That doesn’t mean, however, that they don’t show you when something is wrong, such as not receiving enough light. In fact, there are several signs that your calathea will give you that can alert you that their lighting requirements are not being met.

1. Yellowing leaves

Yellowing leaves can signal a slew of problems with your calathea, and not receiving enough light is one of them. 

Plants need chlorophyll in order to produce the green color in their foliage, and they get this substance from the sun. Without it, the leaves would begin to yellow.

Remember that yellowing leaves is also a sign that the plant is being overwatered. Thankfully, there are other symptoms associated with overwatering you can look out for, such as the soil being soggy or overly moist.

2. Slowed or stunted growth

A common sign that the calathea’s light needs are not being met is slowed or stunted growth. 

Without the proper amount of light, your calathea cannot grow properly simply because it isn’t receiving the nutrients it needs to grow. If you want to ensure your plant will have the best growth possible, you will need to meet its light requirements.

calathea with other indoor plants under low light to meet calathea's light requirements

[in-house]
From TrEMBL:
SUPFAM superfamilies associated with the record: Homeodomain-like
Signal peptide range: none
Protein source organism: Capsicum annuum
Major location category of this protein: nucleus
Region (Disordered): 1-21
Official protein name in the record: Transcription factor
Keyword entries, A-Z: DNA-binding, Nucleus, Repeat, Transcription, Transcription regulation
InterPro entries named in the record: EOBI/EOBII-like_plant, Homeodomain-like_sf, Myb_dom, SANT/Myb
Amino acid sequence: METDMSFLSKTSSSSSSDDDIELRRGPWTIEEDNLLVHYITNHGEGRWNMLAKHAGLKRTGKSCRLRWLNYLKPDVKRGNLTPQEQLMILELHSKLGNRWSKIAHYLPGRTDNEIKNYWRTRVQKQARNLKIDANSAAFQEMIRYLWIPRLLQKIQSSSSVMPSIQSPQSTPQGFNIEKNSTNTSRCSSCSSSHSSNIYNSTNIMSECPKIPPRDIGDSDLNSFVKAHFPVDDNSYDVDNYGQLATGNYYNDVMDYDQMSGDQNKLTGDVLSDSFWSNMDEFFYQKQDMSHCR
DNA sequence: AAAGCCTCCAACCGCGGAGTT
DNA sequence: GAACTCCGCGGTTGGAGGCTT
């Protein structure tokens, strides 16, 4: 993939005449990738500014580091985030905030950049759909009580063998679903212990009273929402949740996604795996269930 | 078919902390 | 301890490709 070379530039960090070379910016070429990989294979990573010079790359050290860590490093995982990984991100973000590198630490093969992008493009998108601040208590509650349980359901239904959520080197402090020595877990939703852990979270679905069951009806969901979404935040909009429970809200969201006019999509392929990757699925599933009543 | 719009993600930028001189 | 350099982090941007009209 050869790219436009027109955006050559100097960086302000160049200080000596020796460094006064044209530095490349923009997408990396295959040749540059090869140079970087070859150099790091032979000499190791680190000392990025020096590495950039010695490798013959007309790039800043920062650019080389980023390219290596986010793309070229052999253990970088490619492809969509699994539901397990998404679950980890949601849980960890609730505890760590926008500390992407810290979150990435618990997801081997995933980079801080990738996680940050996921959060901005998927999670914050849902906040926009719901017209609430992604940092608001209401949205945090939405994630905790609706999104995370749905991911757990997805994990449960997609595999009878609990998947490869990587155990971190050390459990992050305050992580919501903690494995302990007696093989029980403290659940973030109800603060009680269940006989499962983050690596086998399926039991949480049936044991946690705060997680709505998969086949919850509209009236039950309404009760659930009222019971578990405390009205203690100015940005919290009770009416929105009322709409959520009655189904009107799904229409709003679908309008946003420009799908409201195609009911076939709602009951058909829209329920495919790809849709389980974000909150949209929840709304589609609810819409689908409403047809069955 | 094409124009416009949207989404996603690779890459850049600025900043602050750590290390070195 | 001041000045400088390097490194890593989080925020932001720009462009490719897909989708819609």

3. Leggy growth

When a plant is leggy, it produces more stems or vines and fewer leaves. While a leggy calathea isn’t usually considered a serious problem, it does make the plant look less full and less attractive. A leggy calathea is often caused by the plant not getting enough light.

Once the calathea’s light requirements have been met, you can prune the plant with a pair of pruning shears to help reduce the leggy appearance. 

You should avoid over pruning, however, since this can cause even more issues. Additionally, never prune more than 1/4 of the plant at one time.

4. Producing small leaves

Just as with stunted or slowed growth, a calathea that isn’t getting the right amount of light cannot produce the proper leaf size. 

The simple truth is that light is a vital factor in the overall health and growth of your calathea. Without the right lighting, the calathea will continue to produce these small and sickly looking leaves.

5. Leaves turning brown

While not as common as some of the other symptoms, browning leaves can also occur due to poor lighting conditions. 

Keep in mind, however, that several other issues can cause browning leaves, including the plant not getting enough water or being subjected to dry conditions.